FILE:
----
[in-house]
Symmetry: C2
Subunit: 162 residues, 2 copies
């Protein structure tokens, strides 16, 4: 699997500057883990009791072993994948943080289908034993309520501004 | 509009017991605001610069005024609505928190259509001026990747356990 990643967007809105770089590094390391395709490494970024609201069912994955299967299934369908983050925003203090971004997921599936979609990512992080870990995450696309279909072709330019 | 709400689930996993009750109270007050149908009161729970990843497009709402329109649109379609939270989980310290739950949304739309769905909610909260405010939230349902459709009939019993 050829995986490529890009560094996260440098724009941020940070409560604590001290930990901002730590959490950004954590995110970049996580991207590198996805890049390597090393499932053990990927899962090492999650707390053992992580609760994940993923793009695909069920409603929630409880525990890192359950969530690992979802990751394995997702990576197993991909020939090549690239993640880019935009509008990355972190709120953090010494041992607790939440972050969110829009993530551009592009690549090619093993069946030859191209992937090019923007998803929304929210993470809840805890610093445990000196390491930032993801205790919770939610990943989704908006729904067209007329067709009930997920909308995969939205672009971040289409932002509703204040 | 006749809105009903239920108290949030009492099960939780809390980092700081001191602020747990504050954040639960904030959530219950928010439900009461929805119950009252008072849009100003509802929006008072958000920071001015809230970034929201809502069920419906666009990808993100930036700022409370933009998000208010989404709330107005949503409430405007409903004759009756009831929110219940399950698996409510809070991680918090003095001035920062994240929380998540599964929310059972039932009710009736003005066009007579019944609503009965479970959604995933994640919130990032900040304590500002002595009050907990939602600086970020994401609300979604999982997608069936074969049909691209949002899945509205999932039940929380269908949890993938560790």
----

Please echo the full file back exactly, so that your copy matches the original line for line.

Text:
[in-house]
Symmetry: C2
Subunit: 162 residues, 2 copies
């Protein structure tokens, strides 16, 4: 699997500057883990009791072993994948943080289908034993309520501004 | 509009017991605001610069005024609505928190259509001026990747356990 990643967007809105770089590094390391395709490494970024609201069912994955299967299934369908983050925003203090971004997921599936979609990512992080870990995450696309279909072709330019 | 709400689930996993009750109270007050149908009161729970990843497009709402329109649109379609939270989980310290739950949304739309769905909610909260405010939230349902459709009939019993 050829995986490529890009560094996260440098724009941020940070409560604590001290930990901002730590959490950004954590995110970049996580991207590198996805890049390597090393499932053990990927899962090492999650707390053992992580609760994940993923793009695909069920409603929630409880525990890192359950969530690992979802990751394995997702990576197993991909020939090549690239993640880019935009509008990355972190709120953090010494041992607790939440972050969110829009993530551009592009690549090619093993069946030859191209992937090019923007998803929304929210993470809840805890610093445990000196390491930032993801205790919770939610990943989704908006729904067209007329067709009930997920909308995969939205672009971040289409932002509703204040 | 006749809105009903239920108290949030009492099960939780809390980092700081001191602020747990504050954040639960904030959530219950928010439900009461929805119950009252008072849009100003509802929006008072958000920071001015809230970034929201809502069920419906666009990808993100930036700022409370933009998000208010989404709330107005949503409430405007409903004759009756009831929110219940399950698996409510809070991680918090003095001035920062994240929380998540599964929310059972039932009710009736003005066009007579019944609503009965479970959604995933994640919130990032900040304590500002002595009050907990939602600086970020994401609300979604999982997608069936074969049909691209949002899945509205999932039940929380269908949890993938560790």